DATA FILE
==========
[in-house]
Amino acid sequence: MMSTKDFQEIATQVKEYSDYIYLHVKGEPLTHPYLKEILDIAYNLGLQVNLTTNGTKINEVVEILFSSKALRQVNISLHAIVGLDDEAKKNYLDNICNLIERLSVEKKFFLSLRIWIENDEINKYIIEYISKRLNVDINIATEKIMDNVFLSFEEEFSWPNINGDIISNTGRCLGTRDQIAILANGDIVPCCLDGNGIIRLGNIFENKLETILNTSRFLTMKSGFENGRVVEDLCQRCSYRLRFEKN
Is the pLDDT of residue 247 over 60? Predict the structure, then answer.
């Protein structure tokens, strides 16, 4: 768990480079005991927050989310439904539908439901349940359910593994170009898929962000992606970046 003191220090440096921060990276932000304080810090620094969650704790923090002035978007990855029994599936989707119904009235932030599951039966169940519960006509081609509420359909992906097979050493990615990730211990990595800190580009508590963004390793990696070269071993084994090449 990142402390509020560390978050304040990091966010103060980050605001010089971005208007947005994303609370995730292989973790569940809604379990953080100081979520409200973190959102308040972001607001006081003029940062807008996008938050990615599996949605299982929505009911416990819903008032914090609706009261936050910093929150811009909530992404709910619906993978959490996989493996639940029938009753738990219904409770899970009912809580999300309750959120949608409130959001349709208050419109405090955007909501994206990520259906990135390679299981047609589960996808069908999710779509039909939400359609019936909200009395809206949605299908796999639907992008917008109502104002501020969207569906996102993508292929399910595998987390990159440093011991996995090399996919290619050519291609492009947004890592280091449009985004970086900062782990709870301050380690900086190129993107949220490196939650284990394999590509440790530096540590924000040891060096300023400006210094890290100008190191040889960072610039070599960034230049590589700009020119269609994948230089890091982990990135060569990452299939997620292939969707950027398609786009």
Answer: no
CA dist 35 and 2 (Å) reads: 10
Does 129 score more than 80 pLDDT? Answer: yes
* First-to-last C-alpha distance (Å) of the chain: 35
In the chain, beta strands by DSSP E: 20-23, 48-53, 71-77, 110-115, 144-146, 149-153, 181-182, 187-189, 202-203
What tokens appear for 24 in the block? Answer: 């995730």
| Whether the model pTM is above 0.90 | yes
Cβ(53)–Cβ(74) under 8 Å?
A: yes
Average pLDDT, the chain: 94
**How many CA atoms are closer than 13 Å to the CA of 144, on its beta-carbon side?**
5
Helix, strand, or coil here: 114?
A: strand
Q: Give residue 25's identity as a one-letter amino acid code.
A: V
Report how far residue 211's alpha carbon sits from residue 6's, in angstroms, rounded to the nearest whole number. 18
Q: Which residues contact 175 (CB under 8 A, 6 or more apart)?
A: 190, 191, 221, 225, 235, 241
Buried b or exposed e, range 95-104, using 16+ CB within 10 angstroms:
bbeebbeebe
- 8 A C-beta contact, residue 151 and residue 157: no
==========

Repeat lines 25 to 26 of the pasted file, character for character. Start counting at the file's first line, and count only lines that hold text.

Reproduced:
bbeebbeebe
- 8 A C-beta contact, residue 151 and residue 157: no